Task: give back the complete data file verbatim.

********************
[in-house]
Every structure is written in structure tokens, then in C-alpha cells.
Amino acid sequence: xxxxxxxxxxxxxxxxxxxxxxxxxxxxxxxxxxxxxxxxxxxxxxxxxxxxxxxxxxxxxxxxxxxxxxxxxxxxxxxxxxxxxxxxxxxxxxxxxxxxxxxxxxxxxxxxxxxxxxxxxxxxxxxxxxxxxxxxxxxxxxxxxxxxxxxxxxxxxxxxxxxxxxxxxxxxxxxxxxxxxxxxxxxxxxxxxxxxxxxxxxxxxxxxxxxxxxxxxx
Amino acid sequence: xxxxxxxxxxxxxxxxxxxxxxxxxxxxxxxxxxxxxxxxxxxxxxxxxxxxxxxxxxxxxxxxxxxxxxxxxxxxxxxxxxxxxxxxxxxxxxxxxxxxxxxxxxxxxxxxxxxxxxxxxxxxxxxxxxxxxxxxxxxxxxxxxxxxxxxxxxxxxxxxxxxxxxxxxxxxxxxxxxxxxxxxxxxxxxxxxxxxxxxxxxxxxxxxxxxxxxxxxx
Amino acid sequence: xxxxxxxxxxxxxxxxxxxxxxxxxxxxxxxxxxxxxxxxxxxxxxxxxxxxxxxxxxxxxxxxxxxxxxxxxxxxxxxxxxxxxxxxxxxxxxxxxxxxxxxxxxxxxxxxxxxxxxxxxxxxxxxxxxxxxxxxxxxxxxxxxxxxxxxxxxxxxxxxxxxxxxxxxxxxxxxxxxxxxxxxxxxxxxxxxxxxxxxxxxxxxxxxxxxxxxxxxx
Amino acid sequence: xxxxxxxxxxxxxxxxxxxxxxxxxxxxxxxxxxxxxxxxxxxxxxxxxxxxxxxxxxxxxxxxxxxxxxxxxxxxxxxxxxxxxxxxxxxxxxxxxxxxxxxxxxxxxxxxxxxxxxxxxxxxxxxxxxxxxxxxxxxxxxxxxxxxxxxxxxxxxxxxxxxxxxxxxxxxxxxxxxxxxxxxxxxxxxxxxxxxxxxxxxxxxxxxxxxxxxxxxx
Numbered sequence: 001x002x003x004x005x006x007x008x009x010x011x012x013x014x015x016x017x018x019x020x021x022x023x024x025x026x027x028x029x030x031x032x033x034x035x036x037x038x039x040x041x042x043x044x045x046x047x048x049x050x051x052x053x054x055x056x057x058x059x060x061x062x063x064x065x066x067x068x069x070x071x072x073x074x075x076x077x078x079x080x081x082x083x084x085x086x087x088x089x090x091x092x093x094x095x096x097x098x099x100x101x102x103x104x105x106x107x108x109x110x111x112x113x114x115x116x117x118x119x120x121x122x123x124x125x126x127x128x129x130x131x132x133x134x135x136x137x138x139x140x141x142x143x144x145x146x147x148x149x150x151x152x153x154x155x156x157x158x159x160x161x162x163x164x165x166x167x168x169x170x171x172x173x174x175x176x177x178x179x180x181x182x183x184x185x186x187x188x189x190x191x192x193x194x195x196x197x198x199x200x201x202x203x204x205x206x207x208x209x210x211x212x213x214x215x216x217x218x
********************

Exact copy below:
[in-house]
Every structure is written in structure tokens, then in C-alpha cells.
Amino acid sequence: xxxxxxxxxxxxxxxxxxxxxxxxxxxxxxxxxxxxxxxxxxxxxxxxxxxxxxxxxxxxxxxxxxxxxxxxxxxxxxxxxxxxxxxxxxxxxxxxxxxxxxxxxxxxxxxxxxxxxxxxxxxxxxxxxxxxxxxxxxxxxxxxxxxxxxxxxxxxxxxxxxxxxxxxxxxxxxxxxxxxxxxxxxxxxxxxxxxxxxxxxxxxxxxxxxxxxxxxxx
Amino acid sequence: xxxxxxxxxxxxxxxxxxxxxxxxxxxxxxxxxxxxxxxxxxxxxxxxxxxxxxxxxxxxxxxxxxxxxxxxxxxxxxxxxxxxxxxxxxxxxxxxxxxxxxxxxxxxxxxxxxxxxxxxxxxxxxxxxxxxxxxxxxxxxxxxxxxxxxxxxxxxxxxxxxxxxxxxxxxxxxxxxxxxxxxxxxxxxxxxxxxxxxxxxxxxxxxxxxxxxxxxxx
Amino acid sequence: xxxxxxxxxxxxxxxxxxxxxxxxxxxxxxxxxxxxxxxxxxxxxxxxxxxxxxxxxxxxxxxxxxxxxxxxxxxxxxxxxxxxxxxxxxxxxxxxxxxxxxxxxxxxxxxxxxxxxxxxxxxxxxxxxxxxxxxxxxxxxxxxxxxxxxxxxxxxxxxxxxxxxxxxxxxxxxxxxxxxxxxxxxxxxxxxxxxxxxxxxxxxxxxxxxxxxxxxxx
Amino acid sequence: xxxxxxxxxxxxxxxxxxxxxxxxxxxxxxxxxxxxxxxxxxxxxxxxxxxxxxxxxxxxxxxxxxxxxxxxxxxxxxxxxxxxxxxxxxxxxxxxxxxxxxxxxxxxxxxxxxxxxxxxxxxxxxxxxxxxxxxxxxxxxxxxxxxxxxxxxxxxxxxxxxxxxxxxxxxxxxxxxxxxxxxxxxxxxxxxxxxxxxxxxxxxxxxxxxxxxxxxxx
Numbered sequence: 001x002x003x004x005x006x007x008x009x010x011x012x013x014x015x016x017x018x019x020x021x022x023x024x025x026x027x028x029x030x031x032x033x034x035x036x037x038x039x040x041x042x043x044x045x046x047x048x049x050x051x052x053x054x055x056x057x058x059x060x061x062x063x064x065x066x067x068x069x070x071x072x073x074x075x076x077x078x079x080x081x082x083x084x085x086x087x088x089x090x091x092x093x094x095x096x097x098x099x100x101x102x103x104x105x106x107x108x109x110x111x112x113x114x115x116x117x118x119x120x121x122x123x124x125x126x127x128x129x130x131x132x133x134x135x136x137x138x139x140x141x142x143x144x145x146x147x148x149x150x151x152x153x154x155x156x157x158x159x160x161x162x163x164x165x166x167x168x169x170x171x172x173x174x175x176x177x178x179x180x181x182x183x184x185x186x187x188x189x190x191x192x193x194x195x196x197x198x199x200x201x202x203x204x205x206x207x208x209x210x211x212x213x214x215x216x217x218x